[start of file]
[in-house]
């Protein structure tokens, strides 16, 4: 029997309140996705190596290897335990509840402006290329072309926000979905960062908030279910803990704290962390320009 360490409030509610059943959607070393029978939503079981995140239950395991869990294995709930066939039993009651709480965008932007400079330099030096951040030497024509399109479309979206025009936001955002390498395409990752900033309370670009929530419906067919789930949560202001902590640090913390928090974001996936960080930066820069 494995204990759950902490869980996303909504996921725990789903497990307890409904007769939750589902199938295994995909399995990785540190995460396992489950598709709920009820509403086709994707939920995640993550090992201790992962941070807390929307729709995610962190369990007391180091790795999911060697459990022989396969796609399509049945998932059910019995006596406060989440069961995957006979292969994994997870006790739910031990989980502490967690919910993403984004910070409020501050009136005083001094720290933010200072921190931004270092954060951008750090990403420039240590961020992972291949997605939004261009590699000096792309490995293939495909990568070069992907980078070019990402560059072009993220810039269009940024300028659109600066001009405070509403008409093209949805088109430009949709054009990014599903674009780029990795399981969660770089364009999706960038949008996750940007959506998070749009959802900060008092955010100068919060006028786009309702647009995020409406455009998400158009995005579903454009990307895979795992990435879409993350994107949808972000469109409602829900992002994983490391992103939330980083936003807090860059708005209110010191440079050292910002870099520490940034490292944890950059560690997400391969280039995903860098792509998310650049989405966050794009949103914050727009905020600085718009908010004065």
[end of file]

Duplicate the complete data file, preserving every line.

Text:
[in-house]
């Protein structure tokens, strides 16, 4: 029997309140996705190596290897335990509840402006290329072309926000979905960062908030279910803990704290962390320009 360490409030509610059943959607070393029978939503079981995140239950395991869990294995709930066939039993009651709480965008932007400079330099030096951040030497024509399109479309979206025009936001955002390498395409990752900033309370670009929530419906067919789930949560202001902590640090913390928090974001996936960080930066820069 494995204990759950902490869980996303909504996921725990789903497990307890409904007769939750589902199938295994995909399995990785540190995460396992489950598709709920009820509403086709994707939920995640993550090992201790992962941070807390929307729709995610962190369990007391180091790795999911060697459990022989396969796609399509049945998932059910019995006596406060989440069961995957006979292969994994997870006790739910031990989980502490967690919910993403984004910070409020501050009136005083001094720290933010200072921190931004270092954060951008750090990403420039240590961020992972291949997605939004261009590699000096792309490995293939495909990568070069992907980078070019990402560059072009993220810039269009940024300028659109600066001009405070509403008409093209949805088109430009949709054009990014599903674009780029990795399981969660770089364009999706960038949008996750940007959506998070749009959802900060008092955010100068919060006028786009309702647009995020409406455009998400158009995005579903454009990307895979795992990435879409993350994107949808972000469109409602829900992002994983490391992103939330980083936003807090860059708005209110010191440079050292910002870099520490940034490292944890950059560690997400391969280039995903860098792509998310650049989405966050794009949103914050727009905020600085718009908010004065």